Mixed Records, Cognitive Complexity, and Ethnic Voting in African Elections

30 Pages Posted: 14 Apr 2022

See all articles by Karen E. Ferree

Karen E. Ferree

University of California, San Diego (UCSD) - Department of Political Science

Clark Gibson

University of California, San Diego (UCSD) - Department of Political Science

James Long

University of Washington

Date Written: 2020

Abstract

The preference of African voters for co-ethnic candidates is well documented in studies of African political behavior. However, African voters also seem to value good government performance. When does ethnicity trump performance? We theorize that a citizen’s vote choice depends in part on the cognitive complexity she faces when assessing candidates. We argue that citizens incur greater cognitive costs when appraising candidates with mixed – versus uniformly positive or negative – performance records, inducing them to rely more on informational shortcuts like ethnicity to guide their vote. Thus, performance voters may become ethnic voters when the challenges of evaluating performance increase. We test and find support for this hypothesis using a survey experiment implemented in a nationally representative exit poll during Kenya’s 2013 election. Findings demonstrate that ethnic and performance voting is not always the product of fixed dispositions, but instead may emerge in response to voters’ informational context.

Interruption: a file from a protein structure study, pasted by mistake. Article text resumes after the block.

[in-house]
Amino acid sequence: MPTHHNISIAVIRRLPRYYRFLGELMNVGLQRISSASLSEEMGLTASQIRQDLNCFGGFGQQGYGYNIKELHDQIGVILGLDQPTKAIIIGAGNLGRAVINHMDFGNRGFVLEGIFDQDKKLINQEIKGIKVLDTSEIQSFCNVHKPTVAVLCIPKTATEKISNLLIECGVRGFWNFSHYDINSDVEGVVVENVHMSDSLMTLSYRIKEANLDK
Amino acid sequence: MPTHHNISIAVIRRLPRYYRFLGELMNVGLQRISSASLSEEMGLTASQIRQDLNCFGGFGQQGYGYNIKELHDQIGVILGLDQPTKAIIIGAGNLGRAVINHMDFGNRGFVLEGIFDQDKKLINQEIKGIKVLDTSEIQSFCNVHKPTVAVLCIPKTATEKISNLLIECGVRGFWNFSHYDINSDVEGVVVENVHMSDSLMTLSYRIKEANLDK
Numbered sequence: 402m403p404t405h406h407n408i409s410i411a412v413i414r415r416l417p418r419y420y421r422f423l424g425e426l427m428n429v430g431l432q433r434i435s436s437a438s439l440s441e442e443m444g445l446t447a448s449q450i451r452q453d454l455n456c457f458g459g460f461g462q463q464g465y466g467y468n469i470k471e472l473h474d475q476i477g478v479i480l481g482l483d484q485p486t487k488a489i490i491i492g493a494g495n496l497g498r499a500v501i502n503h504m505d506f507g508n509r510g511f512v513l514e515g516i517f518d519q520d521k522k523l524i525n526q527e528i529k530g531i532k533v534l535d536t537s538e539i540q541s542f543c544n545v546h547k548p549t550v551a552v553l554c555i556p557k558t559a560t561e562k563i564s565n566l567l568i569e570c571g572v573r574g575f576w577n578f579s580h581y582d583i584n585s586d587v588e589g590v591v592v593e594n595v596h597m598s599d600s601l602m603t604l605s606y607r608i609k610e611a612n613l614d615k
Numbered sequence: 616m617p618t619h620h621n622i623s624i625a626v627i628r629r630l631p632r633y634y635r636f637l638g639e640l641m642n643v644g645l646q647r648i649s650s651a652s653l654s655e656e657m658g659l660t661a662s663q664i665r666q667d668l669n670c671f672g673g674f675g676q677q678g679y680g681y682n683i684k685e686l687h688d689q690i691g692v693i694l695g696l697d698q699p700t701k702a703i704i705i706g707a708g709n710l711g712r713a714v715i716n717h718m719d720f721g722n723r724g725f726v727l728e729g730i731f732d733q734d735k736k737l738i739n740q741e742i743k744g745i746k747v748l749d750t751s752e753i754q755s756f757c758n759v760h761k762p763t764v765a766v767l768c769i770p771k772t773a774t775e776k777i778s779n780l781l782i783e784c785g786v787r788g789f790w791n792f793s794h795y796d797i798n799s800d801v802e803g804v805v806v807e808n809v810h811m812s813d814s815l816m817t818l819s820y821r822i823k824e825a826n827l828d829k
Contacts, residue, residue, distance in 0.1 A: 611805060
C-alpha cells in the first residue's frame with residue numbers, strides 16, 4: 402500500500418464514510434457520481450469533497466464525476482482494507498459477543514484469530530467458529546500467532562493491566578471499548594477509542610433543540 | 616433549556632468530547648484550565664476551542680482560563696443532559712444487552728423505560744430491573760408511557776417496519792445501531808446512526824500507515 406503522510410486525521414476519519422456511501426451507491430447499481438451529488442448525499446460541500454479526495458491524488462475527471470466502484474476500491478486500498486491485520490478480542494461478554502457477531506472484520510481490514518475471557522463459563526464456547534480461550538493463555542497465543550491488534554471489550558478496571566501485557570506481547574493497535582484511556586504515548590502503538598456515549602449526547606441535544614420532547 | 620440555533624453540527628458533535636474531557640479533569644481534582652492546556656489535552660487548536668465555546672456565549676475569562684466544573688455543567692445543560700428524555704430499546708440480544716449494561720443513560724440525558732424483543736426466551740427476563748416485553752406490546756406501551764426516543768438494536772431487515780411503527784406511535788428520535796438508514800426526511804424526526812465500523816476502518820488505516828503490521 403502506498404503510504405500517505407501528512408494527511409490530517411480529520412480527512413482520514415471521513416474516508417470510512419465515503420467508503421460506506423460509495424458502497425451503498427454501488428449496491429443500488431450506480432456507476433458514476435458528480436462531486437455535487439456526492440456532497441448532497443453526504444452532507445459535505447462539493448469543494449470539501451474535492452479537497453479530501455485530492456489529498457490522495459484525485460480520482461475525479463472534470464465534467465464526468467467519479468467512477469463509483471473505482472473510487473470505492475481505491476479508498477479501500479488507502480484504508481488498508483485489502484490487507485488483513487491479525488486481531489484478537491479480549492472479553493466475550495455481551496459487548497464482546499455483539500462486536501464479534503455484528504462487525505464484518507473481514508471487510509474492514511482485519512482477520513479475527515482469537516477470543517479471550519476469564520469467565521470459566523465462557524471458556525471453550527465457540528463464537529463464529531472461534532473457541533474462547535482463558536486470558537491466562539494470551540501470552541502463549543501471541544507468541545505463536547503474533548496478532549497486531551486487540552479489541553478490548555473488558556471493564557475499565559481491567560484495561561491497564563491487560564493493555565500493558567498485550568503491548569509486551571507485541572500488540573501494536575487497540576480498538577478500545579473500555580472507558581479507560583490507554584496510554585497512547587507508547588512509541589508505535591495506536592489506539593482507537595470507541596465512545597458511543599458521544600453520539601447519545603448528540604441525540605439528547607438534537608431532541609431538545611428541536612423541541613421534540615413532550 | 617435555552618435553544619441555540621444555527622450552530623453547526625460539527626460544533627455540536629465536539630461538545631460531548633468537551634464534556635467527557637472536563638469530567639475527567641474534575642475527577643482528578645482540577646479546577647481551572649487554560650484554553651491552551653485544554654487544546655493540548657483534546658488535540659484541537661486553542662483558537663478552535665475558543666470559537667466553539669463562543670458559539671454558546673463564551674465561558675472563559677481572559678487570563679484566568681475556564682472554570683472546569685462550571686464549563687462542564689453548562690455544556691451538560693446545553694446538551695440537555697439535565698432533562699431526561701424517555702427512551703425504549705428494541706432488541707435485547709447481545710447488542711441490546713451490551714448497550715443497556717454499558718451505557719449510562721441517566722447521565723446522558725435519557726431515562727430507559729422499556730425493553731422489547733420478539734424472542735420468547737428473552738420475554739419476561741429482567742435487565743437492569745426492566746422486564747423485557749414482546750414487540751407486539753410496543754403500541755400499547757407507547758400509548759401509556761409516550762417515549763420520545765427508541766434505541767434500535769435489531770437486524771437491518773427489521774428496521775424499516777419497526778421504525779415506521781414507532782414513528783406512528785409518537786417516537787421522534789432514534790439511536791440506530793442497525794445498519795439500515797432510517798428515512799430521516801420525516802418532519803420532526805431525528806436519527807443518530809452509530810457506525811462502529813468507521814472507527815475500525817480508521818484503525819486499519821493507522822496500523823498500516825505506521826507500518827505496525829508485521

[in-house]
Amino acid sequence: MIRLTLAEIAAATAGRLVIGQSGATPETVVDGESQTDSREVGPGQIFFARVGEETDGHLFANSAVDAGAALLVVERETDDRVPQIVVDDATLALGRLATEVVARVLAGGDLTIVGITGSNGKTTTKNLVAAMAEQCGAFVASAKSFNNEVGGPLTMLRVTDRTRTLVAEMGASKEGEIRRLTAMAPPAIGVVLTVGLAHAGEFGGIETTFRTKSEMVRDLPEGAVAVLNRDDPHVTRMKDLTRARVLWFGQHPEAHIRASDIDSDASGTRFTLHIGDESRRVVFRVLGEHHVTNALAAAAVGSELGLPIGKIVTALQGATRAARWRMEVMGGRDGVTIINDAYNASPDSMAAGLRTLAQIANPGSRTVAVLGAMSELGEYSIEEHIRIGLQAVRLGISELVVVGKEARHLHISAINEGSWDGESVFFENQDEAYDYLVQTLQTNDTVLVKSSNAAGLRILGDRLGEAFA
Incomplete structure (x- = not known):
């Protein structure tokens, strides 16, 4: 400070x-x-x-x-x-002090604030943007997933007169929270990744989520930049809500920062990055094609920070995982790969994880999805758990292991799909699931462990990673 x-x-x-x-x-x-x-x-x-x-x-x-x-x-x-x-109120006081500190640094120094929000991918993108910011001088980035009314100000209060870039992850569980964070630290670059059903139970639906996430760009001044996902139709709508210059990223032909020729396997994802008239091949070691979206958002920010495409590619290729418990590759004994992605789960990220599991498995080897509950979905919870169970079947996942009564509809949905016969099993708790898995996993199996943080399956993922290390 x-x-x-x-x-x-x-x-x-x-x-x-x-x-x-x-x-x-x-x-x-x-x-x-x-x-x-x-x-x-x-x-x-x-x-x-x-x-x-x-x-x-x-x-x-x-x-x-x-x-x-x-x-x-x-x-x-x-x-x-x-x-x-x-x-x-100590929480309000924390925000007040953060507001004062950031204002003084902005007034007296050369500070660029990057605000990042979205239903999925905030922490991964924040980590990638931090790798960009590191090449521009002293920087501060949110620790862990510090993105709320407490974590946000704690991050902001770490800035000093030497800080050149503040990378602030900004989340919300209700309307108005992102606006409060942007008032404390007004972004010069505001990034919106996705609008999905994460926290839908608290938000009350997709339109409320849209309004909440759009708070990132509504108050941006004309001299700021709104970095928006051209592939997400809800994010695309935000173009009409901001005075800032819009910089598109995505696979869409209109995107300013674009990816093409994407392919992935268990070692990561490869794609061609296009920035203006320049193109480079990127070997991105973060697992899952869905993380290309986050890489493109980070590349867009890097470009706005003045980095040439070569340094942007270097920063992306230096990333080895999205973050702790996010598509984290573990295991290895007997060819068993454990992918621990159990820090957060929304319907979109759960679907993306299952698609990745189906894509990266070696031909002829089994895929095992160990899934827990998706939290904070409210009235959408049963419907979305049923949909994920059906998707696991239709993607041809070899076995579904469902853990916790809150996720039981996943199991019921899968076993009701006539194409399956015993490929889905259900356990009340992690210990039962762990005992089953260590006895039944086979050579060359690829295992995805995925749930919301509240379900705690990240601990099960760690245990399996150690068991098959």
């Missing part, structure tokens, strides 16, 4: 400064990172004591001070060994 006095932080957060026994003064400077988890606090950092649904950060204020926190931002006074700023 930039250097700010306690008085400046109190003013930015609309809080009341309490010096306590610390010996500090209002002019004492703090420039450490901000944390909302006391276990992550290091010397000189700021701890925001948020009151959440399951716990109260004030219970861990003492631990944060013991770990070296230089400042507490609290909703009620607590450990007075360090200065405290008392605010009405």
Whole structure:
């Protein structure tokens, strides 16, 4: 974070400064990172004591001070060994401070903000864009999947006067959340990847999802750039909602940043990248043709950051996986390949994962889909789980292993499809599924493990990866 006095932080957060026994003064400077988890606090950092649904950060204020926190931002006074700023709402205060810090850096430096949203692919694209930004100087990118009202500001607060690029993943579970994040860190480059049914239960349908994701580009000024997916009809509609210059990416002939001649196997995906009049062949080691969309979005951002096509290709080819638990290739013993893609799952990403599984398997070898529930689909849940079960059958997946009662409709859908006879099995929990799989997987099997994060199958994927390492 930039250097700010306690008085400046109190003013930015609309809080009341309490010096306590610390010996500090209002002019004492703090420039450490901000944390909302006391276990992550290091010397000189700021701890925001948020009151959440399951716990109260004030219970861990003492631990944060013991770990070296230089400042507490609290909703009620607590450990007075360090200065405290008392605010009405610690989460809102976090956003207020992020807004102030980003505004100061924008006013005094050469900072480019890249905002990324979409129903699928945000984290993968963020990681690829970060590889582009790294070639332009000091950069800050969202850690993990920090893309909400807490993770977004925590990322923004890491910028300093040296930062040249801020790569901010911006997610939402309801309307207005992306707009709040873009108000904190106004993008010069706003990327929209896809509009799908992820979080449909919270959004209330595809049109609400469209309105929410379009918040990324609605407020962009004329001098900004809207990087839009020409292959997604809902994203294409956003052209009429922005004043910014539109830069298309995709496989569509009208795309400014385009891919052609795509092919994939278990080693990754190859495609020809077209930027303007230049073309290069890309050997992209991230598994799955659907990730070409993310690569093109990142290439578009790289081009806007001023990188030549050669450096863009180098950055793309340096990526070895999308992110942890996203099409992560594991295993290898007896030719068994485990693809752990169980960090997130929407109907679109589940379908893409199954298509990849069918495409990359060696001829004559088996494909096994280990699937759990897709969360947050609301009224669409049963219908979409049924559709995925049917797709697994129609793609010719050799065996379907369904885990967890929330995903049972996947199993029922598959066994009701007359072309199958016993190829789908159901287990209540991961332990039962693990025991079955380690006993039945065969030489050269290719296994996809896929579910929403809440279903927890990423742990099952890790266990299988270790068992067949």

Keywords: Africa, Kenya, Accountability, Ethnic voting, Government performance, Survey experiment

Suggested Citation

Ferree, Karen E. and Gibson, Clark C. and Long, James, Mixed Records, Cognitive Complexity, and Ethnic Voting in African Elections (2020). Program on Governance and Local Development Working Paper No. 33, Available at SSRN: https://ssrn.com/abstract=4082838 or http://dx.doi.org/10.2139/ssrn.4082838

Karen E. Ferree (Contact Author)

University of California, San Diego (UCSD) - Department of Political Science ( email )

9500 Gilman Drive
Code 0521
La Jolla, CA 92093-0521
United States

Clark C. Gibson

University of California, San Diego (UCSD) - Department of Political Science ( email )

9500 Gilman Drive
Code 0521
La Jolla, CA 92093-0521
United States

James Long

University of Washington ( email )

Seattle, WA 98195
United States

Do you have a job opening that you would like to promote on SSRN?

Paper statistics

Downloads
5
Abstract Views
78
PlumX Metrics